I’ve had 30 titles published since 2006. My work has been nominated for a RITA and RT’s Reviewers’ Choice Awards. One of my books even made it into the 2010 Best of PEOPLE magazine! I’ve been blessed with a loyal readership, fabulous reviews and wonderful relationships with my editors and my agent. I’m a lucky girl and I know it.
So why did I decide to change from writing sensual historicals to much sweeter contemporary stories?
It didn’t happen quickly. A couple of years ago, while I was still happily writing historicals for multiple publishers, I started noodling around with a contemporary set in a fictional town in the green hills of the Ozarks. I was living in an urban area at the time and really missing my small town roots. Maybe that’s why I fell in love with my own creation–Coldwater Cove, a place that’s a cross between Lake Woebegone and Mayberry! Then the troop of characters that lived there began clamoring for me to tell their stories.
When I sent the first 3 chapters to my agent, she warned me that this was a HUGE departure from my previous writing. Not only was The Coldwater Warm Hearts Club set in today’s world after I’d made my name writing historicals, this new story read like a completely different voice. And it was wholesome enough to read aloud with your Sunday School class. Not that this series is exclusively for the Christian market. It’s not. The Coldwater Cove stories are sweet romance/women’s fiction in the spirit of Debbie Macomber and Kristan Higgins. But I’m not hindered from letting my characters explore the spiritual side of their lives. My characters are flawed. They wouldn’t be realistic if they weren’t. They’ve made mistakes and will probably make a lot more, but they’re working on it.
Because the bedroom door remains closed in these books, I could spend more time exploring other aspects of my characters’ lives. The romantic relationship isn’t the only one that has a growth arc. I also write about friendships and relationships between adult children and their parents. In The Coldwater Warm Hearts Club, I take on veterans’ issues—not just my hero dealing with his PTSD and the loss of his leg, but also how a community of faith and hope comes together to help a homeless Viet Nam vet find his way back into society. And eventually, in coming books, to a restoration of his broken marriage and into a relationship with God.
When I wrote as Mia, my personal rule was that every scene in my stories had to either deepen the character or advance the plot, preferably both, including any love scenes. However, even with those guidelines, I felt conflicted about my writing. Since I’m a Christian, it was a tension I couldn’t continue to ignore. I thought I could ease that tension by sneaking spiritual themes into my books. I wrote several faith conversions in my historical novels, even though one of my editors said I was in danger of giving my readers whiplash. I’m especially proud of Once Upon a Plaid (Kensington, October 2014), a book set in 16th century Scotland about a married couple who are childless in an age when a man needs an heir like he needs his sword arm. Not only are Kat and William trying to save their marriage after losing a stillborn son and several failed pregnancies, William has to deal with his anger and bitterness toward God. He finally realizes that God understands exactly how he feels, because He too watched His Son die.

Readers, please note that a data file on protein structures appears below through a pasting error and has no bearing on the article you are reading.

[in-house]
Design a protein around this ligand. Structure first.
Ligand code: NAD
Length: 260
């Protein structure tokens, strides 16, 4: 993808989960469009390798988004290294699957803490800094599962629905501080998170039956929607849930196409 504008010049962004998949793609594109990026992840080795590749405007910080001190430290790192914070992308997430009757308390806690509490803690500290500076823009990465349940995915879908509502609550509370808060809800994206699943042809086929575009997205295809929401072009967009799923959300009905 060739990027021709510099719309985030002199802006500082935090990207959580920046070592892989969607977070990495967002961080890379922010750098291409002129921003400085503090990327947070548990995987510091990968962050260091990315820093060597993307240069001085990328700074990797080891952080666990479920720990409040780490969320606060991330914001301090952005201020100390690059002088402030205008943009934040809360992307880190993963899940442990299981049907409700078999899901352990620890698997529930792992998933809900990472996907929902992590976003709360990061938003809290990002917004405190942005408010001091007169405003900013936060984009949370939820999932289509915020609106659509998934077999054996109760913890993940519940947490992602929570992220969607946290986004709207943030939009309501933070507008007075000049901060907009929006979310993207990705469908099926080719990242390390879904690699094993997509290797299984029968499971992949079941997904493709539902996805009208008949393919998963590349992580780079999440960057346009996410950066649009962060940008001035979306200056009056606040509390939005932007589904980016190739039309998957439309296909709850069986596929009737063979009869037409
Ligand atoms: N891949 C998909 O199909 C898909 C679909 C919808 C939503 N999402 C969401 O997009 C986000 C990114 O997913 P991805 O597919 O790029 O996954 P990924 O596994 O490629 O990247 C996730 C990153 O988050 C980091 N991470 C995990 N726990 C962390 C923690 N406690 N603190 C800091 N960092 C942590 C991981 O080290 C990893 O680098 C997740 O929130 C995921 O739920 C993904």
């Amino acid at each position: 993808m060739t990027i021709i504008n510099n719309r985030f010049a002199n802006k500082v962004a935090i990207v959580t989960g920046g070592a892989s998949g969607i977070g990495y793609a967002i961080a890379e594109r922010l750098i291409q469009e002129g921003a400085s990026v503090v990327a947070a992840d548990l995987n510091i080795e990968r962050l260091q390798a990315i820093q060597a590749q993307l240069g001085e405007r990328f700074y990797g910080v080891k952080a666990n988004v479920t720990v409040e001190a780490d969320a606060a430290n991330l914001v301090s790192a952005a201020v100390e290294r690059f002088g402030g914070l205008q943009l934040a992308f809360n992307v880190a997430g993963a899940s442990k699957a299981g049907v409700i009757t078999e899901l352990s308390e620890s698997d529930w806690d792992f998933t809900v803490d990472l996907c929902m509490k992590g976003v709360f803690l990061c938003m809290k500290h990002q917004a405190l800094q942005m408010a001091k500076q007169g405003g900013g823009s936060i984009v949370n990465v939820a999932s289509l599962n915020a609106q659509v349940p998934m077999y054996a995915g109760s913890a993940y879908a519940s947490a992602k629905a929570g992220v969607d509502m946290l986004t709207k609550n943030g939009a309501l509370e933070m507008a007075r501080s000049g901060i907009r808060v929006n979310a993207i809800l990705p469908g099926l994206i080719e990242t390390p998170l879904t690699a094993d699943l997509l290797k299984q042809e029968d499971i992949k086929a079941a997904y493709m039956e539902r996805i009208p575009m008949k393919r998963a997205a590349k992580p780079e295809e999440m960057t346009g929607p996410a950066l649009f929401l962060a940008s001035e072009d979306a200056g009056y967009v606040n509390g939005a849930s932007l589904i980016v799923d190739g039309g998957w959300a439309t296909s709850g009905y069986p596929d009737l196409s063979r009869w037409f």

But even though I was able to slip a good bit of faith into my historicals over the years, I grew more convicted about my writing and knew I needed to take it in a different direction. One of the many good things about being a Christian is that God gives us a do-over when we need one.
And I needed one.
I turned down a request for more historicals from one of my other publishers, and told my agent to go ahead and send the first 3 chapters of The Coldwater Warm Hearts Club to my editor at Kensington. She and I have formed a solid working relationship over the years, and I hoped to keep it going. Fortunately, she loved my new voice and the Coldwater Cove series is off and running.
We are physical, emotional and spiritual beings. I write about life and that involves so much more than physical. Moving to writing my sweeter Coldwater Cove series has been very freeing. I love these stories, and I’m very glad to have turned this page in my writing career.
Please don’t think I’ve become anti-sex. Not at all. After all, it was God’s idea in the first place and the Bible is very frank in its discussion of sex of all sorts. I don’t judge what anyone reads.But as it always has been in this business, I can only control what I write. And I choose to write about the kind of folks you might meet in the grocery store line, in your kid’s PTA, or in the mirror each morning.
Life is hysterical. It’s both sadder and sweeter than we realize. It can beat us down to a nubbin’ and lift us up to dizzying heights. The only constant is change, but that doesn’t mean it can’t be better than we ever imagined. This is the latest chapter in my life and I’d love for you to come along for the ride.
Thank you for reading my books.Truly. It means the world to me when someone chooses to spend hours of their life with me and my imaginary friends. If you enjoyed my writing as Mia, I hope you’ll give my Lexi Eddings books a try.
I promise I’ll make you laugh, I’ll make you cry, and I’ll always give you a happy ending.